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When a Bishop has listened to rumors that are very serious and accepted them as truth but I know better, what course of action should I pursue? We have tried to talk to him but he will not listen. What should we do? It is destroying a young man’s reputation.

Pegann

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Pegann,

The first course of action would be to set an appointment up with your bishop to discuss the reasons, the facts, as to why you know what has been accepted by him are rumors (obviously from your question you have pursued the first course of action).

Now, you are experiencing discomfort because the bishop has not accepted your testimony and witness with regard to this young man. When this happens, members are able to set an appointment up with their stake president, or one of his counselors. This will allow you to present the same case to your stake president. Word of caution, when presenting your facts remember to remain sober, and without being overly emotional, or overly-zealous for this young man.

What happens then, should the stake president do nothing about the situation between the bishop and this young man? What happens if the stake president assumes the role of trusting the bishop despite your witness and testimony? What is your next step?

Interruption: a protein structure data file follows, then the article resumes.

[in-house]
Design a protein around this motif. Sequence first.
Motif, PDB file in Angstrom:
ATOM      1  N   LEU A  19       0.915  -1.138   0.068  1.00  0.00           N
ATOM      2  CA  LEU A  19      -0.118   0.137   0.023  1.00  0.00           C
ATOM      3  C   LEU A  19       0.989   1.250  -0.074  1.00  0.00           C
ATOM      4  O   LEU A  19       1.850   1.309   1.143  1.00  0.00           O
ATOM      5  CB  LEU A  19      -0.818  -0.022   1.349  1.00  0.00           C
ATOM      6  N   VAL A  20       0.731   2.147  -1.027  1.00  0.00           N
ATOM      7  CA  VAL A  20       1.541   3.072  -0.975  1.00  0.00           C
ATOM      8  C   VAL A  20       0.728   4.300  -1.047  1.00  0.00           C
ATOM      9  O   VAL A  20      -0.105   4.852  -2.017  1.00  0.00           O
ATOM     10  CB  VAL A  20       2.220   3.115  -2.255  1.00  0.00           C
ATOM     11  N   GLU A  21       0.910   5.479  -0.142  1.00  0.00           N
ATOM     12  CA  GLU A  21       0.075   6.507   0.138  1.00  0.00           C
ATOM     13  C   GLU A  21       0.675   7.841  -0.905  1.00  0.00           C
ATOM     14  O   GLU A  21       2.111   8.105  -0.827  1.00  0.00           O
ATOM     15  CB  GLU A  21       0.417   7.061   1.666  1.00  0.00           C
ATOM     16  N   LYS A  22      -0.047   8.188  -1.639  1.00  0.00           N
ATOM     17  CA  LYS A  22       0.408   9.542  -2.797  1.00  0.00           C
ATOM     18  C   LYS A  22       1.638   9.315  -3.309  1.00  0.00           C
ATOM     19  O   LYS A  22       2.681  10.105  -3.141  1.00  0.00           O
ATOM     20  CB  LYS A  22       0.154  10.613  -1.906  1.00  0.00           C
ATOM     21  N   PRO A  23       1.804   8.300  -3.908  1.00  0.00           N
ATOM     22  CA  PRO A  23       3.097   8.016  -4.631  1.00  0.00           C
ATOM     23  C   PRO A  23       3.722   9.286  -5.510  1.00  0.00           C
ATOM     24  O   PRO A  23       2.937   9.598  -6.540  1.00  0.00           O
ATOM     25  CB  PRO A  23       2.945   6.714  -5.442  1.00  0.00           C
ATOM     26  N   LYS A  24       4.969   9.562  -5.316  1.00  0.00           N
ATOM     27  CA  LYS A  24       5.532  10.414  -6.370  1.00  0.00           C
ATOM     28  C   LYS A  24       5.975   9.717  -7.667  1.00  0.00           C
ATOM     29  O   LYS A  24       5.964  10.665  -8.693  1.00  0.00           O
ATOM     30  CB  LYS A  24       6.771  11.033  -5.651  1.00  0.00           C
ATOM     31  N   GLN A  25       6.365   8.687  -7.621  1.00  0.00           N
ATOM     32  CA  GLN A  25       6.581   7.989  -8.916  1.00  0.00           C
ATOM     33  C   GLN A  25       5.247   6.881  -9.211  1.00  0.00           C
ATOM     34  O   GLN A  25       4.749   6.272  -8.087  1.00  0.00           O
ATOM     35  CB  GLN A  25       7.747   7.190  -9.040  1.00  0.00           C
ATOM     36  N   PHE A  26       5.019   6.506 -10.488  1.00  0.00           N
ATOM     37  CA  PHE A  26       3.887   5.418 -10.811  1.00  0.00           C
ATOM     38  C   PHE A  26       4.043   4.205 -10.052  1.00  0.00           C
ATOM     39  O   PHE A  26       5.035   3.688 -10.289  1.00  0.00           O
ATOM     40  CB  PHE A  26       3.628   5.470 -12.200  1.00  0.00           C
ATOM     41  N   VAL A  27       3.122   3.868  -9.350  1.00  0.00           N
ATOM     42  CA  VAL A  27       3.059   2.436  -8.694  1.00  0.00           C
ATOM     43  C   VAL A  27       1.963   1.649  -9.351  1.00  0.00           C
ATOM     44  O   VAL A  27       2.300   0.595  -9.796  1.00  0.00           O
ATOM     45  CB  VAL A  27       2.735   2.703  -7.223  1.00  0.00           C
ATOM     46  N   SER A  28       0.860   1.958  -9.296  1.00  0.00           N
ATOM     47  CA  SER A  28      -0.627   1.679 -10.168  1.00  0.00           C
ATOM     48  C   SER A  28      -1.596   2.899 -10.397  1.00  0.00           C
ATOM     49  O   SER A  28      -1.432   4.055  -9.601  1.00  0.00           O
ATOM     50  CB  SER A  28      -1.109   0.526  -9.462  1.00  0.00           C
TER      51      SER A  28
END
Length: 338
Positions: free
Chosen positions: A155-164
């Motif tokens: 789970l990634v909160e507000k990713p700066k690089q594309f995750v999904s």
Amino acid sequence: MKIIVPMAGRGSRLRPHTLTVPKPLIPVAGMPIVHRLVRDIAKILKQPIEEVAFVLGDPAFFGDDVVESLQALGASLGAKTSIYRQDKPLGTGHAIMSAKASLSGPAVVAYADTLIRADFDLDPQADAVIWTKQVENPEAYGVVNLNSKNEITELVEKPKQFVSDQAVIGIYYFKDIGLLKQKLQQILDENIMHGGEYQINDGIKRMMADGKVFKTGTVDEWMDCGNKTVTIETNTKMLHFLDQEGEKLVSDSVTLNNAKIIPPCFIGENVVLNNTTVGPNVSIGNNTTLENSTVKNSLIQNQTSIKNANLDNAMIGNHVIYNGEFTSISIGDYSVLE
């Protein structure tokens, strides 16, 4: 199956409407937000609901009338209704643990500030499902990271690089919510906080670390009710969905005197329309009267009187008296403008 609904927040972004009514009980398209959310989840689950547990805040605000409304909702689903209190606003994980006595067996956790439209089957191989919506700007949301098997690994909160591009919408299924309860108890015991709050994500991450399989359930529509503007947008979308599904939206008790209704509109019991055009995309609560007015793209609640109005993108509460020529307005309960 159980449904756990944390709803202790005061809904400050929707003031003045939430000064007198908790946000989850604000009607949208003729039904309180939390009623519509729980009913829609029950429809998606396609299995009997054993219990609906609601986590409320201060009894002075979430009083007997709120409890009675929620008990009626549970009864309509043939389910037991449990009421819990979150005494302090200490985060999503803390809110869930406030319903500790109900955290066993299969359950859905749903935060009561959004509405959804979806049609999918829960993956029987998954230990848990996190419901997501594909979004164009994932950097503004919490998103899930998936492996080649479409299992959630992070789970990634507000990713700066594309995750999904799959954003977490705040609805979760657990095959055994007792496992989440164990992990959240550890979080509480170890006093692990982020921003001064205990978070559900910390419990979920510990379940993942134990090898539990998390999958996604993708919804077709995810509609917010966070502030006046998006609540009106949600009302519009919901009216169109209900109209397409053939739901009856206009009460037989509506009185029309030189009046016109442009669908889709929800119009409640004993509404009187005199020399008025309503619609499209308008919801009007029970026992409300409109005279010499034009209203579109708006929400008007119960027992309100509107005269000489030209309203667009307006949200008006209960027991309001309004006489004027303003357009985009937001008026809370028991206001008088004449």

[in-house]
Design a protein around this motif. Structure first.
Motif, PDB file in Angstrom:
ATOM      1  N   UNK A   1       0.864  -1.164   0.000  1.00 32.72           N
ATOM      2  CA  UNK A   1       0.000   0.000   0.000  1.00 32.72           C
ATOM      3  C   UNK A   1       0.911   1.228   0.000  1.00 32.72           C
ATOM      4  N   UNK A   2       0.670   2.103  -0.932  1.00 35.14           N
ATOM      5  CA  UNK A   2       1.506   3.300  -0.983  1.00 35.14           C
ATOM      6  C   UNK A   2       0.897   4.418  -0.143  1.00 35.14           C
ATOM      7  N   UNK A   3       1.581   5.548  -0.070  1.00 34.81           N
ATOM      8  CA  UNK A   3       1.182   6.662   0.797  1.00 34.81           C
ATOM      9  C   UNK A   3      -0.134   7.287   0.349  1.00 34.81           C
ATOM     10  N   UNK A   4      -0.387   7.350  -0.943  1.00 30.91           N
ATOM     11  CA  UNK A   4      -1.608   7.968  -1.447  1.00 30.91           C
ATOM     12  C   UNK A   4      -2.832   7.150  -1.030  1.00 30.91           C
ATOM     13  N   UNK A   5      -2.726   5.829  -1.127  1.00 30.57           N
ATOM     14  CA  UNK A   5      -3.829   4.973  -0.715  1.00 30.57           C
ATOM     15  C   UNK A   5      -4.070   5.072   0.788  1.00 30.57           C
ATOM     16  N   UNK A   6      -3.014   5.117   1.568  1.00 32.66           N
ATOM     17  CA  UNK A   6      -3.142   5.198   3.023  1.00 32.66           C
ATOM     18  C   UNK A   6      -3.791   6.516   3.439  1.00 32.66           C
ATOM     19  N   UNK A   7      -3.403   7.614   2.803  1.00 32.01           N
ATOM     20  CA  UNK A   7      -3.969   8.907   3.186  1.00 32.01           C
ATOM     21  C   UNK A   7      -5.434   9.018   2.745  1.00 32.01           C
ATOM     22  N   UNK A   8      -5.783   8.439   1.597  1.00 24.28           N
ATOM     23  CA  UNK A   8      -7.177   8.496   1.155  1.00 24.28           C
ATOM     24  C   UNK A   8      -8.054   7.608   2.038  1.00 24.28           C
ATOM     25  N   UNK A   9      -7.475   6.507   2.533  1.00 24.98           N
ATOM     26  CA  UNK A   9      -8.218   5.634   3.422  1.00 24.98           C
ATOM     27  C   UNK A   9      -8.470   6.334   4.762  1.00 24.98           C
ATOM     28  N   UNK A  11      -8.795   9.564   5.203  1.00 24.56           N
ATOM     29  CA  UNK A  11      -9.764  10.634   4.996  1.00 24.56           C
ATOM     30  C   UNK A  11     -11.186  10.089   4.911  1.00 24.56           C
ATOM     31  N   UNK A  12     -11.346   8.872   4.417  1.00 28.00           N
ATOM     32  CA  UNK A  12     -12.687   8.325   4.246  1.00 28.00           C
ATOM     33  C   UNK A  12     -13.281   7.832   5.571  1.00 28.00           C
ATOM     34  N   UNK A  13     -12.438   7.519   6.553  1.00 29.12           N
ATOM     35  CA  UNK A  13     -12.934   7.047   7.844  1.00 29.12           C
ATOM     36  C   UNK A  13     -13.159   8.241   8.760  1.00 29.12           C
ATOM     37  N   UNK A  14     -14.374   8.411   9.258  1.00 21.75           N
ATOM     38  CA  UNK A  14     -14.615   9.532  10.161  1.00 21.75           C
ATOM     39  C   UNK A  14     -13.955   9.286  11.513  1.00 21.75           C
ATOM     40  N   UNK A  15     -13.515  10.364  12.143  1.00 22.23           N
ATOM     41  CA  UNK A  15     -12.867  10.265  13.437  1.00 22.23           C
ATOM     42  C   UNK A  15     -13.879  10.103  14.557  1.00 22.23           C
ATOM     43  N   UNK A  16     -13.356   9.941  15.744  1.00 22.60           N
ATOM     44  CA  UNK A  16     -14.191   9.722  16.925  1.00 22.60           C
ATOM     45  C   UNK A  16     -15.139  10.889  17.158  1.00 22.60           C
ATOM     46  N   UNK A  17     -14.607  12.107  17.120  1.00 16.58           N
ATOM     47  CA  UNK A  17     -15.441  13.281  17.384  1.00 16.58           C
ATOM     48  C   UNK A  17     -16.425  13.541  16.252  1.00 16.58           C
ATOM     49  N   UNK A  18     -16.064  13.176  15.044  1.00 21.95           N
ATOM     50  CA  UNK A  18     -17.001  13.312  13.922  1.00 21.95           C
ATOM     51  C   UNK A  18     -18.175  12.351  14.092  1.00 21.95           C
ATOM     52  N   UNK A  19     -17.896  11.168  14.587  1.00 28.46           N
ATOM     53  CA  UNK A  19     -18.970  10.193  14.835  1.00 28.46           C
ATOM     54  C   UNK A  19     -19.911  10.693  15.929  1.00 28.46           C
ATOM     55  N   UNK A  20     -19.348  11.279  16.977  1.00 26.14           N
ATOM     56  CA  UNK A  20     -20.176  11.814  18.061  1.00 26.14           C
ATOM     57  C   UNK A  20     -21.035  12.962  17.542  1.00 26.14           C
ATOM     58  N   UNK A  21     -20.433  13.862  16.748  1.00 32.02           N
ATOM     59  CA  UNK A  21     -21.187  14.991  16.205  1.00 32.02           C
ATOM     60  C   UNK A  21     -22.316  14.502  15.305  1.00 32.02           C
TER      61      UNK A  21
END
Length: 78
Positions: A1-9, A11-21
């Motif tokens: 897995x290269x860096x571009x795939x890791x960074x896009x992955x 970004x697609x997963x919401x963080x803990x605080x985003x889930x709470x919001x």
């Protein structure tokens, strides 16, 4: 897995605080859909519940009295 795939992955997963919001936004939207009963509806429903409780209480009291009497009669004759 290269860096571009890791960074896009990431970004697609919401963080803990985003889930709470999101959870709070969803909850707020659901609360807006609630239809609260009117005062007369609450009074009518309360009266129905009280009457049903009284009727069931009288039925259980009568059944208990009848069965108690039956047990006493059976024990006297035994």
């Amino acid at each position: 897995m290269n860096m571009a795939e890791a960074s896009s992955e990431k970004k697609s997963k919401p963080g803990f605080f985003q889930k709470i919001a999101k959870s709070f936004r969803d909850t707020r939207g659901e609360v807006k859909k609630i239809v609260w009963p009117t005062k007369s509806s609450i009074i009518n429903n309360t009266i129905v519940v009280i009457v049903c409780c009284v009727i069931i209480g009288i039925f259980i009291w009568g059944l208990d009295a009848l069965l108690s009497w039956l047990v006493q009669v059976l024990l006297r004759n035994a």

The next step is that we turn it over to the Lord and allow the Lord to work his grace, mercy, and justice. This is very difficult, you feel the boy is innocent, and you feel you know they are rumors and not true, however what if they aren’t rumors? How do you know they aren’t rumors? Why should the bishop believe you over another person’s witness?

I present these questions, so that you also don’t find yourself kicking against the pricks. When the stake president and bishop have heard your witness, then you have done all that you can for this young man. Now, leave it up to the Lord, don’t allow yourself — no matter how difficult — to get overly involved that the bishop’s decision removes you from the grace of God either.

Continue to serve faithfully. Continue to have hope.

Gramps

 

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